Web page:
Whether you’re leading a 5.10 climbing route, guiding a zip line tour strapping a boat to the top of your car or even staking out a tent, there are 7 common knots that any outdoor lover really should know. After all, knots don’t just keep your shoes on your feet – they’re capable of achieving amazing feats of strength.
Below are 7 common knots ACE’s rock climbing, zip line and river guides know. We thought you should know them, too.
1. Figure Eight Knot:
A figure eight knot is a climber’s go-to knot for all sorts of things. But most common, you’ll see it used to attach the rope to a person’s harness so they can safely climb. If you’re in a pickle and your dog is running loose, this knot can make a quick leash. It also works well when you find your car needs removed from a ditch. Just wrap the loop around the tow hitch and pull.
2. Bowline Knot:
Have you ever loaded a knot and it has gotten so tight that you have to take a pick to loosen it? The benefit of using bowline is that it can handle incredible amounts of weight and still be easy to untie. Bonus! You’ll see climbers using it to wrap a tree when creating an anchor point. It also works well when you need to haul something. Wrap the load (a tree trunk, pipe, etc) using a bowline and drag your load where you need to go.
3. Water Knot:
When you have a couple of pieces of webbing (flat material), and none of them are long enough to do the job, this knot makes it easy to join them together. TIP: after you are finished with your project, be sure to untie this knot. It can be very difficult to loosen if you let it sit for a long period of time.
4. Prusik Knot:
This is a classic ascending knot, oftentimes used for self-rescue, but also very handy for attaching an object to a rope. It’s easily adjustable – it can slide up and down the other rope — yet securely grips when under load. NOTE: In the James Bond movie, “For Your Eyes Only,” 007 had to use his shoelace to ascend a rope to reach the evil castle. This is the knot that was likely used. Of course, this was a movie, and we don’t recommend anyone attempting such a scenario.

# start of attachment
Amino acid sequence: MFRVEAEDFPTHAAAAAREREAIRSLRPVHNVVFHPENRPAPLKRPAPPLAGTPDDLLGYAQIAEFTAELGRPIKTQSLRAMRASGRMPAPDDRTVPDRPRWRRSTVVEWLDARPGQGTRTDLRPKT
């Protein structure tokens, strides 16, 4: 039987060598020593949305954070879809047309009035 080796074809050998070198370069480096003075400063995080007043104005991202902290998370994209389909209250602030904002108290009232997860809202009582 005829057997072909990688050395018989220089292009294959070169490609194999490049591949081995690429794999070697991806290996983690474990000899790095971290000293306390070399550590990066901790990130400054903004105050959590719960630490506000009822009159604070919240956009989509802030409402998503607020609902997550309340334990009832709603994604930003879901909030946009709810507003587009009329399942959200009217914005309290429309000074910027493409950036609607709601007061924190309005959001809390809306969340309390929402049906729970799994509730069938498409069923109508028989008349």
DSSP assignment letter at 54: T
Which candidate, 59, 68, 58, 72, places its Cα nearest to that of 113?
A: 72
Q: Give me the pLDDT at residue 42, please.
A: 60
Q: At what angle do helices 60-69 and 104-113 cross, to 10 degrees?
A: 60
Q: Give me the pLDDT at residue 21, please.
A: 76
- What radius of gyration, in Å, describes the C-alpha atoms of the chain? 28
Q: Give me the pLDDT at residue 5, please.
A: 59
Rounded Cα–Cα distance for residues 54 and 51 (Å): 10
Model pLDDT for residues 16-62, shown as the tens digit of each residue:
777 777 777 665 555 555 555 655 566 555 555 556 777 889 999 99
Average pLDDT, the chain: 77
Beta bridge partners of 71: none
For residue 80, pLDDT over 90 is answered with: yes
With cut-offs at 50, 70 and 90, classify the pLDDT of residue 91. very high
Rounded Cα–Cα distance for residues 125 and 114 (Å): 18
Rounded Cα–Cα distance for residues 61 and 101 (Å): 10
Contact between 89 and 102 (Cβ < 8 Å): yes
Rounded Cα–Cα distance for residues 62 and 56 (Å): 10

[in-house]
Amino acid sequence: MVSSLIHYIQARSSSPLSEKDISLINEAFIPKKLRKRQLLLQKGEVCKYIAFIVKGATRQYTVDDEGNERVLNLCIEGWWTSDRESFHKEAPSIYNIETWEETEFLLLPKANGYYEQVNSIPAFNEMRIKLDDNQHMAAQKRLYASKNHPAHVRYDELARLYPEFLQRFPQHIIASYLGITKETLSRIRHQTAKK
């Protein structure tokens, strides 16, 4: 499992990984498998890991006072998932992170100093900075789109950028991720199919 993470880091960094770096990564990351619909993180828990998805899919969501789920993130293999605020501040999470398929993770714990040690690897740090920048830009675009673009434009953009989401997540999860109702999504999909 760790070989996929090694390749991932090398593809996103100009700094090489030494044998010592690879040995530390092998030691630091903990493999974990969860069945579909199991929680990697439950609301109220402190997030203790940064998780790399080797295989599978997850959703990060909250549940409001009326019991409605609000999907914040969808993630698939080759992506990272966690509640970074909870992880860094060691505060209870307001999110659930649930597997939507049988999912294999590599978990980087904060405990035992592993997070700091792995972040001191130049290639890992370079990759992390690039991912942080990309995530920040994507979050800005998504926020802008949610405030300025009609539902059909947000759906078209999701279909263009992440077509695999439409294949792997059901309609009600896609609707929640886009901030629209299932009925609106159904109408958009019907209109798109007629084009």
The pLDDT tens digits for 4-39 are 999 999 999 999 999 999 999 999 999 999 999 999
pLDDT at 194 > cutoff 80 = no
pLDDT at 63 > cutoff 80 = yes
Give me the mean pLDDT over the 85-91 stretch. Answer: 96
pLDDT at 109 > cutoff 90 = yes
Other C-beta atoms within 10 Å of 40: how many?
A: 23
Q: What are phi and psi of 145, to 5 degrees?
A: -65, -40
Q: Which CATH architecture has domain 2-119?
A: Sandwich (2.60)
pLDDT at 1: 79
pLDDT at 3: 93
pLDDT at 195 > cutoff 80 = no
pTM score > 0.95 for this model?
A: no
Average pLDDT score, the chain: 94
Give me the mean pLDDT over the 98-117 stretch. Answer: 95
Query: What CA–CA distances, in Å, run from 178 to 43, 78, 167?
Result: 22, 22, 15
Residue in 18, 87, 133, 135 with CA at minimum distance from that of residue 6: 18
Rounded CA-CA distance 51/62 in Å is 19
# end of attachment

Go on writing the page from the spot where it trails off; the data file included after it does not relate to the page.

5. Double Fisherman’s Knot:
Similar to the Water Knot, this is a secure way of joining two ropes together. What’s really cool is that these two knots slide on the rope around which they are wrapped. You may have a leather or rope necklace that uses this knot for adjustment purposes.
6. Trucker’s Hitch:
Of all the knots to know, the trucker’s hitch is the one I use the most. With a three-to-one mechanical advantage, it’s ideal for tying down loads. Have a canoe or kayak you want to strap to the top of your car? This is the knot for you.
7. Single Fisherman’s Knot:
When using the above knots in a loaded situation, it’s critical to have a back up knot for safety purposes. Tie a Single Fisherman’s Knot as close to the main knot as possible. This protocol helps to lock everything in place.